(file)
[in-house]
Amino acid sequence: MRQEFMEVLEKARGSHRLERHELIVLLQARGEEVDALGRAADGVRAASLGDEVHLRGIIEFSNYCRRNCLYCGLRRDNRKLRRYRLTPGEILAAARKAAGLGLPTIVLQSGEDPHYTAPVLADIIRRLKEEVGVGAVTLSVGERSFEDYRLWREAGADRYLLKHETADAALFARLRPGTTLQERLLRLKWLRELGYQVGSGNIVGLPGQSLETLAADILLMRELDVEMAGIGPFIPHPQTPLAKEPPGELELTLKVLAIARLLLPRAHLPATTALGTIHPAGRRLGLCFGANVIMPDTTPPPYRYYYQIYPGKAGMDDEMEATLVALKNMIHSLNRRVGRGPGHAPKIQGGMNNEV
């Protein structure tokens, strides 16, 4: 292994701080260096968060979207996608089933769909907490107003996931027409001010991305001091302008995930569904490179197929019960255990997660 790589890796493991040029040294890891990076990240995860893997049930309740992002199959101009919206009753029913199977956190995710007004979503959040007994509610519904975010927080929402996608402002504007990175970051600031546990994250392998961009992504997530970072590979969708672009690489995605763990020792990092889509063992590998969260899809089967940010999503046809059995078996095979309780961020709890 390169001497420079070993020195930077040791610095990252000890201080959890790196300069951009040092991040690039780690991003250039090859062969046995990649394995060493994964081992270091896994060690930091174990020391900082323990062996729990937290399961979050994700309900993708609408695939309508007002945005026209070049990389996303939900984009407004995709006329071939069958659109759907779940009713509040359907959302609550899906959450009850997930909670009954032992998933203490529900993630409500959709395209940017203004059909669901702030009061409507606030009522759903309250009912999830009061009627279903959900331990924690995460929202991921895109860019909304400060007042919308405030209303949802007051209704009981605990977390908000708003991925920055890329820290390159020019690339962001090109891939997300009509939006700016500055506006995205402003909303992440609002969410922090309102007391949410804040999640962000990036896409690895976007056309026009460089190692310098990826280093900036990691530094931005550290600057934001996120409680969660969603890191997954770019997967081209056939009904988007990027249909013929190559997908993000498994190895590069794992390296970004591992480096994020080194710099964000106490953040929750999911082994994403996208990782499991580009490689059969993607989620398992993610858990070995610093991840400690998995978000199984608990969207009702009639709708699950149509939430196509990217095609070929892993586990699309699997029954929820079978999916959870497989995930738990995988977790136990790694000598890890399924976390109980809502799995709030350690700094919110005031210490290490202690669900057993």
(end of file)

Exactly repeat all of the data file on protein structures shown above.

[in-house]
Amino acid sequence: MRQEFMEVLEKARGSHRLERHELIVLLQARGEEVDALGRAADGVRAASLGDEVHLRGIIEFSNYCRRNCLYCGLRRDNRKLRRYRLTPGEILAAARKAAGLGLPTIVLQSGEDPHYTAPVLADIIRRLKEEVGVGAVTLSVGERSFEDYRLWREAGADRYLLKHETADAALFARLRPGTTLQERLLRLKWLRELGYQVGSGNIVGLPGQSLETLAADILLMRELDVEMAGIGPFIPHPQTPLAKEPPGELELTLKVLAIARLLLPRAHLPATTALGTIHPAGRRLGLCFGANVIMPDTTPPPYRYYYQIYPGKAGMDDEMEATLVALKNMIHSLNRRVGRGPGHAPKIQGGMNNEV
């Protein structure tokens, strides 16, 4: 292994701080260096968060979207996608089933769909907490107003996931027409001010991305001091302008995930569904490179197929019960255990997660 790589890796493991040029040294890891990076990240995860893997049930309740992002199959101009919206009753029913199977956190995710007004979503959040007994509610519904975010927080929402996608402002504007990175970051600031546990994250392998961009992504997530970072590979969708672009690489995605763990020792990092889509063992590998969260899809089967940010999503046809059995078996095979309780961020709890 390169001497420079070993020195930077040791610095990252000890201080959890790196300069951009040092991040690039780690991003250039090859062969046995990649394995060493994964081992270091896994060690930091174990020391900082323990062996729990937290399961979050994700309900993708609408695939309508007002945005026209070049990389996303939900984009407004995709006329071939069958659109759907779940009713509040359907959302609550899906959450009850997930909670009954032992998933203490529900993630409500959709395209940017203004059909669901702030009061409507606030009522759903309250009912999830009061009627279903959900331990924690995460929202991921895109860019909304400060007042919308405030209303949802007051209704009981605990977390908000708003991925920055890329820290390159020019690339962001090109891939997300009509939006700016500055506006995205402003909303992440609002969410922090309102007391949410804040999640962000990036896409690895976007056309026009460089190692310098990826280093900036990691530094931005550290600057934001996120409680969660969603890191997954770019997967081209056939009904988007990027249909013929190559997908993000498994190895590069794992390296970004591992480096994020080194710099964000106490953040929750999911082994994403996208990782499991580009490689059969993607989620398992993610858990070995610093991840400690998995978000199984608990969207009702009639709708699950149509939430196509990217095609070929892993586990699309699997029954929820079978999916959870497989995930738990995988977790136990790694000598890890399924976390109980809502799995709030350690700094919110005031210490290490202690669900057993």